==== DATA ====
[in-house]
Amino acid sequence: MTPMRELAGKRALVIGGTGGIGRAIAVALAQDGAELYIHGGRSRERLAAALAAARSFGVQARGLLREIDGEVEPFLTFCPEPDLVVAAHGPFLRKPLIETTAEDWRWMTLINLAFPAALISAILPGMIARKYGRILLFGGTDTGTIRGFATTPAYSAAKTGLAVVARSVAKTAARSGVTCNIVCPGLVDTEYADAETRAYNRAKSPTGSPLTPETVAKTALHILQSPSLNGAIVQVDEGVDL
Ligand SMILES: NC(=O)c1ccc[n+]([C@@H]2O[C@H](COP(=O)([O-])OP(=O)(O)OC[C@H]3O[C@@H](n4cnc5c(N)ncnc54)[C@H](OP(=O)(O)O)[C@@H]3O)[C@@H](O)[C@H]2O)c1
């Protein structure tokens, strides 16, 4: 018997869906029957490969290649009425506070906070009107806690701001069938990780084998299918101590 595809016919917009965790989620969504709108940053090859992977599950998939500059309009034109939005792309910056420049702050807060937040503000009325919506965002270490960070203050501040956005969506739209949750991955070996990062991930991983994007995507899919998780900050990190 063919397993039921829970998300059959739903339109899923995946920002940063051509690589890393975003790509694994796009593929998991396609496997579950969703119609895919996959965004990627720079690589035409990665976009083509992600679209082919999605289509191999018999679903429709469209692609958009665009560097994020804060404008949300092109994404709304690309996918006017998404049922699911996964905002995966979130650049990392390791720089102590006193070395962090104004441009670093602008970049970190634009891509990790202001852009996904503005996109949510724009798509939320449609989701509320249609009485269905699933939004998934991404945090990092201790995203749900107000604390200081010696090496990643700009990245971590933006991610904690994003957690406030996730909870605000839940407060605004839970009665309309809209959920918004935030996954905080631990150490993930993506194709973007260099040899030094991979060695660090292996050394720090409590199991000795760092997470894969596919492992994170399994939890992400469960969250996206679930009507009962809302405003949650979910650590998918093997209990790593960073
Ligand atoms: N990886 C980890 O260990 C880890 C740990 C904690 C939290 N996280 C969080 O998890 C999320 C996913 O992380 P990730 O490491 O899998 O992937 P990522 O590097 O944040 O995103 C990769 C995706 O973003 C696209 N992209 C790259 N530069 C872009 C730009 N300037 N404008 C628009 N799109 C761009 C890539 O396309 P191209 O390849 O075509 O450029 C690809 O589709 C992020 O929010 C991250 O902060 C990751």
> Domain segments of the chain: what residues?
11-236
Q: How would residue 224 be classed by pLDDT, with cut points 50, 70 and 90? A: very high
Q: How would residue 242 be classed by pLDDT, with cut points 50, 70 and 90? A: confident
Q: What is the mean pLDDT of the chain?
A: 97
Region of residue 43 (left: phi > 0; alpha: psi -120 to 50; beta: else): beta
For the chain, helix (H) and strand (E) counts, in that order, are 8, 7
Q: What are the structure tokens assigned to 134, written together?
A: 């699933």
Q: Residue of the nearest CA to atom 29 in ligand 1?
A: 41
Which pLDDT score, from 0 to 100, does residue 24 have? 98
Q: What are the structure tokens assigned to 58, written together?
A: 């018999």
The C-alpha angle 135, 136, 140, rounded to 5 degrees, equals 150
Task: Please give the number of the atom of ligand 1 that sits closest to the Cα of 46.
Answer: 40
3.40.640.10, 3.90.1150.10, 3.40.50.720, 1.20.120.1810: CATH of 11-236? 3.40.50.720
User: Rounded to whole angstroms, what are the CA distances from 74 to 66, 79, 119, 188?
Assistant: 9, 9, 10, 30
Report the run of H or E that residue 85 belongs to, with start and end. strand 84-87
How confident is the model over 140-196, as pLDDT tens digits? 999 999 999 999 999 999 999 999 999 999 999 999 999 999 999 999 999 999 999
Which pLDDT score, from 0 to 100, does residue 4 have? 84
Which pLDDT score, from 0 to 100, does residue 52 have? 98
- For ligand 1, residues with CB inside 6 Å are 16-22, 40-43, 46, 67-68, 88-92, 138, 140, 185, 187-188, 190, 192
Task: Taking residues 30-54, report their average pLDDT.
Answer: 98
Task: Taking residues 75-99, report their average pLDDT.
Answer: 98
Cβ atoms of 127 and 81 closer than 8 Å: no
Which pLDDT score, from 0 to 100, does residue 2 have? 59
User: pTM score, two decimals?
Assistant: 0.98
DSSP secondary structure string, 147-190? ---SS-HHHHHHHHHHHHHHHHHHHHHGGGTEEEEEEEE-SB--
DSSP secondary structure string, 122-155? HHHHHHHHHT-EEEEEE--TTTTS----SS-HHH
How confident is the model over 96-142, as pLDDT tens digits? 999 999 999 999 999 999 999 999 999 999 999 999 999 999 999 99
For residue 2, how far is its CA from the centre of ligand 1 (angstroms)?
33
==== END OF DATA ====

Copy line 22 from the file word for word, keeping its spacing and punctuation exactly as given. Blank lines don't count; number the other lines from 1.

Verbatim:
Task: Please give the number of the atom of ligand 1 that sits closest to the Cα of 46.